The Commons is a weblog for concerned citizens of southeast Iowa and their friends around the world. It was created to encourage grassroots networking and to share information and ideas which have either been suppressed or drowned out in the mainstream media.

"But if the cause be not good, the king himself hath a heavy reckoning to make, when all those legs and arms and heads, chopped off in battle, shall join together at the latter day and cry all 'We died at such a place;' some swearing, some crying for a surgeon, some upon their wives left poor behind them, some upon the debts they owe, some upon their children rawly left. I am afeard there are few die well that die in a battle; for how can they charitably dispose of any thing, when blood is their argument? Now, if these men do not die well, it will be a black matter for the king that led them to it; whom to disobey were against all proportion of subjection." (Henry V, Act V, Scene 4)

Tuesday, September 28, 2004

Jude Meche Letter 9/08/04

Dear Editor,
Though I doubt that September 8, 2004 will go down in memory as did September 11, today is nevertheless a solemn day for the United States. The major story on all of the news outlets is the 1,000th U.S. soldier’s death in Iraq. Along with 1,000 dead, NBC reports that there have been over 7,000 injured.
But what is most troubling to me today is not the number. Truth is, for quite some time now, we knew we would reach 1,000 dead. What troubles me is that I cannot think of those dead or injured troops without also thinking of the recent Republican convention and the Republican delegates’ disturbing attitude toward the sacrifices made by U.S. soldiers.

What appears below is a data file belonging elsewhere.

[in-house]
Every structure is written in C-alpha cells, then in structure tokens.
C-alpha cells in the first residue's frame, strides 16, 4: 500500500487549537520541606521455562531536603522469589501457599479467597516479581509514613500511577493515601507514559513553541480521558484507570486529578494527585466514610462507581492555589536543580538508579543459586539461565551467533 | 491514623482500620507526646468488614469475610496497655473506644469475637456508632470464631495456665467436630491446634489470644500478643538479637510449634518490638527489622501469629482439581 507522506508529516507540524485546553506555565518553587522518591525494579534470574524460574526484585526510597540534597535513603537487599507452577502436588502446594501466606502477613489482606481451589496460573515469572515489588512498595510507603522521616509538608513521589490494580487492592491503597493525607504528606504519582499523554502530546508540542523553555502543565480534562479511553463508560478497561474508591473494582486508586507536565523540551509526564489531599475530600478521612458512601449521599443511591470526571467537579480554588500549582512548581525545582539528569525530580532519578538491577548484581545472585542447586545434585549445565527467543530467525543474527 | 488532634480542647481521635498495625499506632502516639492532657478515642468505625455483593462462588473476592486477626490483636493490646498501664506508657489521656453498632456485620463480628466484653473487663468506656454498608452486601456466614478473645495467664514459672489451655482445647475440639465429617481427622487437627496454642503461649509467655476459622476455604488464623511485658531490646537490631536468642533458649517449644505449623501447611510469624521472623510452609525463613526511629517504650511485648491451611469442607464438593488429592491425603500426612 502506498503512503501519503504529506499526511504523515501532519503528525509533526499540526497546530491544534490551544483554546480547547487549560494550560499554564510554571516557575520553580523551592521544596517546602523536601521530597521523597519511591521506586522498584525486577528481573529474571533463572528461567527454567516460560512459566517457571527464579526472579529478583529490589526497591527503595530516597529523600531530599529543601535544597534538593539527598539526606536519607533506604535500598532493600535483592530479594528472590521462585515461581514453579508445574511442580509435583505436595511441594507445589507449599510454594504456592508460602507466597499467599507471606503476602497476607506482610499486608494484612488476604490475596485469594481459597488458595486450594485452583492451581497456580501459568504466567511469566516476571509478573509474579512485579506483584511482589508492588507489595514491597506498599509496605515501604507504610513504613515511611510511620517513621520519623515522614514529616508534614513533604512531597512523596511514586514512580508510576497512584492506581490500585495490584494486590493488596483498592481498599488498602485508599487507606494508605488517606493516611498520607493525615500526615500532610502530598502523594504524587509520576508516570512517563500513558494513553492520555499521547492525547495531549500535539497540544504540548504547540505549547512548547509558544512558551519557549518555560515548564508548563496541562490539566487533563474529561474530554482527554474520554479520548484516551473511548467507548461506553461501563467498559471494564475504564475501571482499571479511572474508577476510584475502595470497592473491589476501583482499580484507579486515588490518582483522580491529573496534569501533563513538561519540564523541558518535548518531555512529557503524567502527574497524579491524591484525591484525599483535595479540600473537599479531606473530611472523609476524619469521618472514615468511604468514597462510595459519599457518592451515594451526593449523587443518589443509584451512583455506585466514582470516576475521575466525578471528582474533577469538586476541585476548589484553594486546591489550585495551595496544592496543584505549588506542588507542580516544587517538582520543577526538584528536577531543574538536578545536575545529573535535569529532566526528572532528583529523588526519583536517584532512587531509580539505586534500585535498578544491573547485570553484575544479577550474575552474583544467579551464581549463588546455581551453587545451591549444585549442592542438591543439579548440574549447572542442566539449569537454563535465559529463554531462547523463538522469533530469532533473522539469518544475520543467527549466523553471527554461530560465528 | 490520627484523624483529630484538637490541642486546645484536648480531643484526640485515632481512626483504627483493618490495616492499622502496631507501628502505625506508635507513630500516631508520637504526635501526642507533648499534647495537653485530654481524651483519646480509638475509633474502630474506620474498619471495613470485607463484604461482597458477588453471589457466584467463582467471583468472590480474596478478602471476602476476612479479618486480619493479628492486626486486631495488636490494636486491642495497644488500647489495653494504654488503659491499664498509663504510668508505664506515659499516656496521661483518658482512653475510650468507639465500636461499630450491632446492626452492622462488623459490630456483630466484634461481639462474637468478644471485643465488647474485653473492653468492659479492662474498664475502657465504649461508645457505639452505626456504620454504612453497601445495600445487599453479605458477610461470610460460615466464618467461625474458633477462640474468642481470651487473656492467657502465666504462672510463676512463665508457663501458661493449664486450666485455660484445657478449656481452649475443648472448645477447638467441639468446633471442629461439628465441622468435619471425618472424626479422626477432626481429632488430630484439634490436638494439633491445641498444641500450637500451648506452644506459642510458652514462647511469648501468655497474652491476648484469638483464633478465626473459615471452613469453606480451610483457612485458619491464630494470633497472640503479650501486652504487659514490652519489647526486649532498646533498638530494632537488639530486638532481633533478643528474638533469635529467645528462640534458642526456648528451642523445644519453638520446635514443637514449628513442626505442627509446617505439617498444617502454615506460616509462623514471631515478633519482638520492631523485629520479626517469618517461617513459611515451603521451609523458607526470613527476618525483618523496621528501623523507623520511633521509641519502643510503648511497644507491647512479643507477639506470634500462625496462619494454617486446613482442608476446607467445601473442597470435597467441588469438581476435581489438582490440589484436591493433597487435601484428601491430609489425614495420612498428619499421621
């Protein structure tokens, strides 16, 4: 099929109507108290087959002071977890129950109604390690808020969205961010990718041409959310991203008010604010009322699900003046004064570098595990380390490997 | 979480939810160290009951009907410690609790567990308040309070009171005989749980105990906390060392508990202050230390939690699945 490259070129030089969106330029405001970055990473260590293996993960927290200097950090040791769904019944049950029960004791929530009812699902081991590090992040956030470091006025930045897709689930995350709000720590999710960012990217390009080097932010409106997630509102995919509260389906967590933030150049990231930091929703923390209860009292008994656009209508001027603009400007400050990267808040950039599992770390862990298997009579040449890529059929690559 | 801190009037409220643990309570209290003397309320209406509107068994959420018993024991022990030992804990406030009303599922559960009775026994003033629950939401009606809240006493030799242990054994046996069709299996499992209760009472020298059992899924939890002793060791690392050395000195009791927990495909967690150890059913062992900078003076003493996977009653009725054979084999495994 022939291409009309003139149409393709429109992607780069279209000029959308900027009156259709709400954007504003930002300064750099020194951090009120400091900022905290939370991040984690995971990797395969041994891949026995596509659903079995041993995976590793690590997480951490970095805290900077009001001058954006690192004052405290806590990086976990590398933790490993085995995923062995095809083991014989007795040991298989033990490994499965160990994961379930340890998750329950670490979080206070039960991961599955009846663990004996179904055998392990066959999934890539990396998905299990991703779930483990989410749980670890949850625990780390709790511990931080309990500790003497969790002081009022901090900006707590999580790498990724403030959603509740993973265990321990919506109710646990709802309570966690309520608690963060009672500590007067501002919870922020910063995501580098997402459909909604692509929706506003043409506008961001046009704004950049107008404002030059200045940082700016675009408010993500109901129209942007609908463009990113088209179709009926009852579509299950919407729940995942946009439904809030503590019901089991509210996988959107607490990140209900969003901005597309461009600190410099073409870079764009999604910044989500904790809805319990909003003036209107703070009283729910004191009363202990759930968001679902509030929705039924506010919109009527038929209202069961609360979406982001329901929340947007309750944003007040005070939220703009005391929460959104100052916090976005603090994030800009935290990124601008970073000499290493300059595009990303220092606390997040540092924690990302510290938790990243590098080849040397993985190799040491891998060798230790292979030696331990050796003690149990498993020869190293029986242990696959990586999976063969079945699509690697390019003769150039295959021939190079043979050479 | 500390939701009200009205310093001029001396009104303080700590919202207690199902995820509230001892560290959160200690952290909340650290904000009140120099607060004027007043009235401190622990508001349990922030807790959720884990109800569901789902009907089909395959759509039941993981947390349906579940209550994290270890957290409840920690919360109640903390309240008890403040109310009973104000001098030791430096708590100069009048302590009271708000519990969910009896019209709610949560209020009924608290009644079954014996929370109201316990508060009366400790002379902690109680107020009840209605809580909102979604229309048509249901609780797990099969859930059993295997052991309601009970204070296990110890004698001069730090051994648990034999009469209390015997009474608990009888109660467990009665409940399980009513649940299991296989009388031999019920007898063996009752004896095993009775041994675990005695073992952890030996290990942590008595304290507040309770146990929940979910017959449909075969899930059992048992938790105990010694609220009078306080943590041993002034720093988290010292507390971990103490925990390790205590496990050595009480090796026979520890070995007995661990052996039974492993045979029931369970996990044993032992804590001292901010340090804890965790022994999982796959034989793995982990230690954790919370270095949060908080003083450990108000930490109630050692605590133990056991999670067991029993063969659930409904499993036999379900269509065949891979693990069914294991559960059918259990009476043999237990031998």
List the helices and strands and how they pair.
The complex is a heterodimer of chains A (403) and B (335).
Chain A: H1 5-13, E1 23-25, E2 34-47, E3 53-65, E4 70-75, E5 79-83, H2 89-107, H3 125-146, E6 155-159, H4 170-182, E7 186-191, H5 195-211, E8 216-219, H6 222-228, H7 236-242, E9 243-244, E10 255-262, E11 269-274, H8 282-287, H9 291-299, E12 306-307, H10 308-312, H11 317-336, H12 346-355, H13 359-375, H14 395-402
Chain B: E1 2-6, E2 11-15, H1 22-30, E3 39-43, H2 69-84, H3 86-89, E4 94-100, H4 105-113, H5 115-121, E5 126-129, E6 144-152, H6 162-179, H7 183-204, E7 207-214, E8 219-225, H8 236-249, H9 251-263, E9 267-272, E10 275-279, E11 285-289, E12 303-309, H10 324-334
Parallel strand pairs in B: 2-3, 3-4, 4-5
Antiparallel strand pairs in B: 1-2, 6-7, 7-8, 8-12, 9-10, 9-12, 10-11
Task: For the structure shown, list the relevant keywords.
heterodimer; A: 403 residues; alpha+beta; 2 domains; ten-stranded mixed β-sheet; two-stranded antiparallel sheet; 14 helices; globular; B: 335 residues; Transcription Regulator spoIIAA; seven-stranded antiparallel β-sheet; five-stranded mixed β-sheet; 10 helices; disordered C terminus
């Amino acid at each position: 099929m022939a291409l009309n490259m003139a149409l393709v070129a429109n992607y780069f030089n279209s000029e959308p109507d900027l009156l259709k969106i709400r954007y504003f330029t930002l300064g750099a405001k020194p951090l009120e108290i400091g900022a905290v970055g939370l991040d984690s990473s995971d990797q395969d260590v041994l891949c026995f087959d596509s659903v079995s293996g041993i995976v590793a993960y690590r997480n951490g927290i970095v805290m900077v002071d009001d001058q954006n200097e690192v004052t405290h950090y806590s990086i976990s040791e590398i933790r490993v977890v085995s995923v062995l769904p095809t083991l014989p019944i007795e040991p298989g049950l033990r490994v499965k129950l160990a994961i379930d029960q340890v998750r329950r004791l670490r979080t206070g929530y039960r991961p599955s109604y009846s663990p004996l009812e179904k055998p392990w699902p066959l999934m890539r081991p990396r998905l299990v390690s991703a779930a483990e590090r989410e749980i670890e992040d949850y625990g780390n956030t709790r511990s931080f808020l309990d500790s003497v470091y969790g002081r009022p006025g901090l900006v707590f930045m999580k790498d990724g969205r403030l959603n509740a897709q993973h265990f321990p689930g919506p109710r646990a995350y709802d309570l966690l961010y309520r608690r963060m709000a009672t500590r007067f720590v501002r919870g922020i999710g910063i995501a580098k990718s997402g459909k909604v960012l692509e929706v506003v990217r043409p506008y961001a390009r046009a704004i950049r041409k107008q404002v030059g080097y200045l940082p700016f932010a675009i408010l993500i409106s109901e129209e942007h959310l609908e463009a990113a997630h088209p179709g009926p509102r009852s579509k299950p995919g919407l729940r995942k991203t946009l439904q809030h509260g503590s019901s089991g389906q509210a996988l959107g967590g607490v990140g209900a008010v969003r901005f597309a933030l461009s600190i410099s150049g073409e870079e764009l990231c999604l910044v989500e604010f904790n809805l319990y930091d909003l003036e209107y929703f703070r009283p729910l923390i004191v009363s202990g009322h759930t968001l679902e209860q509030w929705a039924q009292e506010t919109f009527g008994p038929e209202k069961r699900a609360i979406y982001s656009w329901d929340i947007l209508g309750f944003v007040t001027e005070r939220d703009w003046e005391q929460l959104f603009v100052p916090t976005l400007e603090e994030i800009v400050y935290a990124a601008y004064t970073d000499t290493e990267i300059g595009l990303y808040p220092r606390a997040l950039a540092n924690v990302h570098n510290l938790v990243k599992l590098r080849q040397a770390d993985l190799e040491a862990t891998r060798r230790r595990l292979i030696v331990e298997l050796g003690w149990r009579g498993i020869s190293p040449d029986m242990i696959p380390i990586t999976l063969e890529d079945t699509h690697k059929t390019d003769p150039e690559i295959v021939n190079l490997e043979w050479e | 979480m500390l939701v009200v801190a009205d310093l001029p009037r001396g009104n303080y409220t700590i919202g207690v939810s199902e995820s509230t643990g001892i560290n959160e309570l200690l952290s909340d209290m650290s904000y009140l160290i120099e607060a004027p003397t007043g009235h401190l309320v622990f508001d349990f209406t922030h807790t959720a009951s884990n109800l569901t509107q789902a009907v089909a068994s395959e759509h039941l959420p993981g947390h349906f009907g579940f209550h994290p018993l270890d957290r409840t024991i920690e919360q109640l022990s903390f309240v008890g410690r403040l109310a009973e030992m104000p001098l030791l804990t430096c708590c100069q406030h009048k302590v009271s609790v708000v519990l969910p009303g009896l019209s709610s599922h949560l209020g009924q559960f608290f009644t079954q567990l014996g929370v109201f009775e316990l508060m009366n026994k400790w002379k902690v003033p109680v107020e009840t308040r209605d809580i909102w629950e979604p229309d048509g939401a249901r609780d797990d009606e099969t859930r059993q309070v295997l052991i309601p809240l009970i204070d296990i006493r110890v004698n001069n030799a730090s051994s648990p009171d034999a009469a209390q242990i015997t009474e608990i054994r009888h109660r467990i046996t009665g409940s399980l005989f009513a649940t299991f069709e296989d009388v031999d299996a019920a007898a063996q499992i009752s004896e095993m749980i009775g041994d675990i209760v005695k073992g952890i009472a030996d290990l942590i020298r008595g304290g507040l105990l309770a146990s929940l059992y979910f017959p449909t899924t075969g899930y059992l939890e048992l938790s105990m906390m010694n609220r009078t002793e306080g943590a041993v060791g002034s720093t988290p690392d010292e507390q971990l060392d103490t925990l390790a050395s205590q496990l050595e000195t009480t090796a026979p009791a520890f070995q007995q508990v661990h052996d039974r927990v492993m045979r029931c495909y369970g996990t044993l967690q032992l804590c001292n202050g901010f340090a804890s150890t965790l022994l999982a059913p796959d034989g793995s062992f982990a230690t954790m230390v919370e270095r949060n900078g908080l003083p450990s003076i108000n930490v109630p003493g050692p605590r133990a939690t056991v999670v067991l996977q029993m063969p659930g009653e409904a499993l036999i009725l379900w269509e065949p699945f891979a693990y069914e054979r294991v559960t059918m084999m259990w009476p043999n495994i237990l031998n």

While the President reluctantly admits that there is no basis for discrediting John Kerry’s service in Viet Nam, the Republican delegates cavorted through the convention, sporting their "Purple Heart Band-Aids" in mockery of Kerry and—by extension—of every other veteran who received a medal. Apparently, the convention’s organizers saw nothing wrong with this puerile and adolescent display. Certainly, they did nothing to stop these displays of poor taste.
I am not sure if this foolishness bespeaks of indifference toward our soldiers’ sacrifices or if the delegates’ behavior reflects their utter callousness. Whatever the case, I found it all repugnant.
Having never actually served their country in combat, I have to wonder if George W. Bush and Dick Cheney truly understand what they have wrought with this unnecessary war against Iraq. I question their ethics and their morality.
And I hope that both men stocked up on those Purple Heart Band-Aids, because wearing those band-aids is as close to true valor as either man will ever come.
Jude Meche
Joplin, MO


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